Article in The Glastonbury Oracle, June 2023
In this uncertain world, governments and economies may not last very much longer; the land and the people have a better chance of survival.
When I have a Friday free I go to Plotgate Community Farm and volunteer to work on the land for the day. Last week I was helping to plant celeriac. Plotgate has its own particular version of a no-dig system: first we stripped the weeds off the vegetable beds; then we loosened the surface of the soil with a hoe; then we used a curious piece of equipment made out of assorted pieces of wood to mark four rows, ten inches apart, from one end to the other of the vegetable bed; then we used a substantially made dibber to push holes into the ground along each row; then we laid the seedlings out next to the holes; and then we planted them into the ground by hand.
The ground had been given a good dose of compost the year before, so it wasn’t required this year. With a gang of six of us, each taking a repetitive task, we planted hundreds of seedlings remarkably quickly – and we had time, as we passed each other along the rows, to snatch a quick bit of conversation between us.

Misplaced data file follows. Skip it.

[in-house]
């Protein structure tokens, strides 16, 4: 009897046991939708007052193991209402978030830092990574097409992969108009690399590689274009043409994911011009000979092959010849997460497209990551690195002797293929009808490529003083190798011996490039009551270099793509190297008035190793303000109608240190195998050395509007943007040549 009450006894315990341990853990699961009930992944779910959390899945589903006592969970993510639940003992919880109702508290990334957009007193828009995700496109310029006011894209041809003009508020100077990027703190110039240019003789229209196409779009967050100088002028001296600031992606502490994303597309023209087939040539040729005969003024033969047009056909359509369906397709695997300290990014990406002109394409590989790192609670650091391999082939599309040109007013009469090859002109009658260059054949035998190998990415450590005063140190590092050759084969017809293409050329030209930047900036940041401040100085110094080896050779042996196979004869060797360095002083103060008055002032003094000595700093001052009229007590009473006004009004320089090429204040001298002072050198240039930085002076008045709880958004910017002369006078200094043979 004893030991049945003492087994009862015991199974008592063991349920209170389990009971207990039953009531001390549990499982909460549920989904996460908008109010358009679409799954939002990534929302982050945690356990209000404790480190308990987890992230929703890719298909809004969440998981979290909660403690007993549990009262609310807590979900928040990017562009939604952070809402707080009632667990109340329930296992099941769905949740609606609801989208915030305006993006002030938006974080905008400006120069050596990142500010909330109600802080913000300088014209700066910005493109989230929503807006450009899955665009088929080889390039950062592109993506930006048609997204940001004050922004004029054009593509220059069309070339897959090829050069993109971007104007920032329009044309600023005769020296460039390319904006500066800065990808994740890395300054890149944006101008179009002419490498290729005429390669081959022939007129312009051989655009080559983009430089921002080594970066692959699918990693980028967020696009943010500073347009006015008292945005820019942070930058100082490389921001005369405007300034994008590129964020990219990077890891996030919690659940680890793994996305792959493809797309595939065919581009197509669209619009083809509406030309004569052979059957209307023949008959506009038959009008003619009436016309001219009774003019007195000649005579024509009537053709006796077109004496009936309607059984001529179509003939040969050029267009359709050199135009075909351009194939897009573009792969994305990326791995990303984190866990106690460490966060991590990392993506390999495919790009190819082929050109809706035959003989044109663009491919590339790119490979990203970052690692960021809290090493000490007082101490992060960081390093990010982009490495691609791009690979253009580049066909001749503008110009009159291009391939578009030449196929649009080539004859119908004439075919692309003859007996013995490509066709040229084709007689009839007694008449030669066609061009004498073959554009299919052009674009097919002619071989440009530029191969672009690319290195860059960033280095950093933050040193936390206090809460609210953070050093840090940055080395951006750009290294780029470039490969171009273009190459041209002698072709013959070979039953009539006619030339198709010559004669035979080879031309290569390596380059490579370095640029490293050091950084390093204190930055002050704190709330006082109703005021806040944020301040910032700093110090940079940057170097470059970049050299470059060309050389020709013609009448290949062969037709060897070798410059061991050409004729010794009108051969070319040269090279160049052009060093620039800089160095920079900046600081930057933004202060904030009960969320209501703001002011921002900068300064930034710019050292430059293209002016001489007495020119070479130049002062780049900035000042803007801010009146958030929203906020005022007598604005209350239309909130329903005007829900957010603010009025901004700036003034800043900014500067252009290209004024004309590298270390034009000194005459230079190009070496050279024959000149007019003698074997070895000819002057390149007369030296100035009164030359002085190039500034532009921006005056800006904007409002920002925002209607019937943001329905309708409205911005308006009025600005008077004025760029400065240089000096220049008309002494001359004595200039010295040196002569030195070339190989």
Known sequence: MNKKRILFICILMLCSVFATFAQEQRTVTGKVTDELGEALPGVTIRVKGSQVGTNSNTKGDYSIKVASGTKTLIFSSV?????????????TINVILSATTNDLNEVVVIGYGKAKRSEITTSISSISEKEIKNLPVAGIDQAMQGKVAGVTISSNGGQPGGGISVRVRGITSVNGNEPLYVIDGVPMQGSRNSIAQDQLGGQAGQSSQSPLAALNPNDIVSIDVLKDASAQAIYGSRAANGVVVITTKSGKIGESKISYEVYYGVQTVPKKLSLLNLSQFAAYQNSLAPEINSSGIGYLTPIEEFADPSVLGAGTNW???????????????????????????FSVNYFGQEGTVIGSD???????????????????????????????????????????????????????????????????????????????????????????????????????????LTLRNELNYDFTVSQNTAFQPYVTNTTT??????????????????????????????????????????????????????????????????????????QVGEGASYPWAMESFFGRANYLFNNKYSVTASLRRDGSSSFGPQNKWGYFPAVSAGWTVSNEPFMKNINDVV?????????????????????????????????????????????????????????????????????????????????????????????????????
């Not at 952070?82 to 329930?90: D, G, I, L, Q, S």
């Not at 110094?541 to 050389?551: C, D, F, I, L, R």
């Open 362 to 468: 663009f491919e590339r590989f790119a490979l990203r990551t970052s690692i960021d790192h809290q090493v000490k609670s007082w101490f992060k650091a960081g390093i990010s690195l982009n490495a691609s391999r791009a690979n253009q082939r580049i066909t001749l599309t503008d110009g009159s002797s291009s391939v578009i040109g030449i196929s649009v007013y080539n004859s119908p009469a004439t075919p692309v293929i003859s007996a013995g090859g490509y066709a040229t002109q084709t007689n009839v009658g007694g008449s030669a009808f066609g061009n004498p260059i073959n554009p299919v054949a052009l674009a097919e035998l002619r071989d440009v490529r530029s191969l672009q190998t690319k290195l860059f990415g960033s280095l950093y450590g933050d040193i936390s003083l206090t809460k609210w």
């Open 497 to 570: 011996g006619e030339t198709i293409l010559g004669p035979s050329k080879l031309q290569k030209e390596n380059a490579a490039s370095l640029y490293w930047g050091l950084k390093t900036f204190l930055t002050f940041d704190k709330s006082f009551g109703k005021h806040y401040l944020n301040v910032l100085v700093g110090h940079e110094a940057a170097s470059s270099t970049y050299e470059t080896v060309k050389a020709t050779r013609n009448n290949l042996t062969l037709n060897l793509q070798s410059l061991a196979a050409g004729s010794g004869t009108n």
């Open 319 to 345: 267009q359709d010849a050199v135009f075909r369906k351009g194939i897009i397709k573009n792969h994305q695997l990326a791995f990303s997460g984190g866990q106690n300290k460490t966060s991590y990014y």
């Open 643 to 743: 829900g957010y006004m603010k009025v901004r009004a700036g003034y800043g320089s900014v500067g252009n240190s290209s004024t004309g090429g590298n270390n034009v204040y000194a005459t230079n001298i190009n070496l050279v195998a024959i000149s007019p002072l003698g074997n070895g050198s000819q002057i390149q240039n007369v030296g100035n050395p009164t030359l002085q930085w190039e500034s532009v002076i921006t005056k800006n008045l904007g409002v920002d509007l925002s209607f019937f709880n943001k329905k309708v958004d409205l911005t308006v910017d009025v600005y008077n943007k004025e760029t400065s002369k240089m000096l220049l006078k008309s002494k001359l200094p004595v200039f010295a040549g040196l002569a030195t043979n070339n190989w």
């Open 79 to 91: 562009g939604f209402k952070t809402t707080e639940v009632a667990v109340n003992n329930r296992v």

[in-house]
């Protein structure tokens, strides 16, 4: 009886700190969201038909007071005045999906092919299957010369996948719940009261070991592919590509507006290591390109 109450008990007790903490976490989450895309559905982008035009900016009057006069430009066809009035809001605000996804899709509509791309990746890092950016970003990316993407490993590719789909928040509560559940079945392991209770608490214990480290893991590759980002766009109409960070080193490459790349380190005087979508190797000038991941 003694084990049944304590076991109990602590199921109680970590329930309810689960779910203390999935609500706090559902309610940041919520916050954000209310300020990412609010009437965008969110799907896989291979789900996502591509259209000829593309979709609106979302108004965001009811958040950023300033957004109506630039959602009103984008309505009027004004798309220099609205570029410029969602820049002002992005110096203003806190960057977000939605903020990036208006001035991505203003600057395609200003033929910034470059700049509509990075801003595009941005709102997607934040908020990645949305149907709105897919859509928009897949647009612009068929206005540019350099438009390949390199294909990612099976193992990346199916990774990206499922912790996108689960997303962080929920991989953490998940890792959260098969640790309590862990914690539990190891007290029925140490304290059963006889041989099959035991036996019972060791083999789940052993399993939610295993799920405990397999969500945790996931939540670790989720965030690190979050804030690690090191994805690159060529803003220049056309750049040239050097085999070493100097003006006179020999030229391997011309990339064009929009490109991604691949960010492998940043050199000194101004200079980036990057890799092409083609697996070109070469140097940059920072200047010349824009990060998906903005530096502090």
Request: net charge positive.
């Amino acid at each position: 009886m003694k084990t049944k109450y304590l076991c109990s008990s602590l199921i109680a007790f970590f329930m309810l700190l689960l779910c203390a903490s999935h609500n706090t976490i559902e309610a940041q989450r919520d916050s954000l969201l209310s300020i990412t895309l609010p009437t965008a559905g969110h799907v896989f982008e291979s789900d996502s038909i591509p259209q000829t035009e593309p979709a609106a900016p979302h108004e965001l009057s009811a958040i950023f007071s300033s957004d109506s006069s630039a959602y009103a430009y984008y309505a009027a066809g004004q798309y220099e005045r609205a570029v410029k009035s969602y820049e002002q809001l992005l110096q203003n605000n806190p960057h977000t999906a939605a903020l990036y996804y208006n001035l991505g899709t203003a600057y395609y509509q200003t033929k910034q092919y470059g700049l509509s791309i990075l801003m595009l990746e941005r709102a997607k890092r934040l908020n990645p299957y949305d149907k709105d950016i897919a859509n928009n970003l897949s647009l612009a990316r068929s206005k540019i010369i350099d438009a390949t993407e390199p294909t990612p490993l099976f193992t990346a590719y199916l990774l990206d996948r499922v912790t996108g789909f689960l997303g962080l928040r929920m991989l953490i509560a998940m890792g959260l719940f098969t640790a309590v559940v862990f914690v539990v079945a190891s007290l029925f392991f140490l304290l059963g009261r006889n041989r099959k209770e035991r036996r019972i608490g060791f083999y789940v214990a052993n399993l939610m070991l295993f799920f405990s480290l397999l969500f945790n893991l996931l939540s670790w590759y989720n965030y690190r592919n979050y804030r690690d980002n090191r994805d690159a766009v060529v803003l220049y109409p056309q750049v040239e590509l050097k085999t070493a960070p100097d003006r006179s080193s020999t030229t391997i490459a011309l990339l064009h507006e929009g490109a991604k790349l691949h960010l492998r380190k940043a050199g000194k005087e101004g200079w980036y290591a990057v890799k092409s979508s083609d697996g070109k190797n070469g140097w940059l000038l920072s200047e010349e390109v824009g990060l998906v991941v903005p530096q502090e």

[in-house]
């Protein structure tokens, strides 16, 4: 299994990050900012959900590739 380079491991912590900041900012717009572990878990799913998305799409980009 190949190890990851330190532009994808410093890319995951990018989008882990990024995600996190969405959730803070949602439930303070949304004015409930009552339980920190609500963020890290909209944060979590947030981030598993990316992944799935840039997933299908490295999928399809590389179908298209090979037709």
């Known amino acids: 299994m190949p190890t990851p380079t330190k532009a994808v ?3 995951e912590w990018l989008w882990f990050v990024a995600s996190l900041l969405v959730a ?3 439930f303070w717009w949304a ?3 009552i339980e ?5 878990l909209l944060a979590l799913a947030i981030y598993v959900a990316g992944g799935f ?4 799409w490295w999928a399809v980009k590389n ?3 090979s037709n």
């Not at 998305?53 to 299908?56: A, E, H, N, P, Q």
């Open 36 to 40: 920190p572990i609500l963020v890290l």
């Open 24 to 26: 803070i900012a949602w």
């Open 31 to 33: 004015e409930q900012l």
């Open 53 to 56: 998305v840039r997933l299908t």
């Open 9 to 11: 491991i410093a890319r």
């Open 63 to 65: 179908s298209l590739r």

I remarked during one of these brief encounters that this can’t have been very much different from working in a Victorian kitchen garden; but on reflection I don’t think I was right. That would have been too, well, Victorian – “a bunch of teenagers and a grumpy old guy with a beard”. It must actually have been more like working in a small field before anyone had ever invented the plough. The history books tell us that ten thousand years ago all they used were digging sticks, but I reckon they had ingenious yet simple bits of machinery, like Plotgate’s home-made row marker, which does four rows at a time quicker than you could mark one row with a stick.
At lunchtime we had healthy soup and hearty cake, and enjoyed each others’ company.
Which all may sound somewhat insignificant, but I don’t think it is. Jem Bendell’s new book ‘Breaking Together’ is by all accounts both radical and profound, and he’s calling it ‘A freedom-loving response to collapse’. Of course collapse is going to be very uncomfortable, especially in the cities, but bring it on. The book’s message is that modern society has already started collapsing anyway, capitalism will be coming to an end, and the task of the next generations will be to regenerate both nature and culture, together.
I’d like to make a start on it now, and I see people like those at Plotgate as leading the way.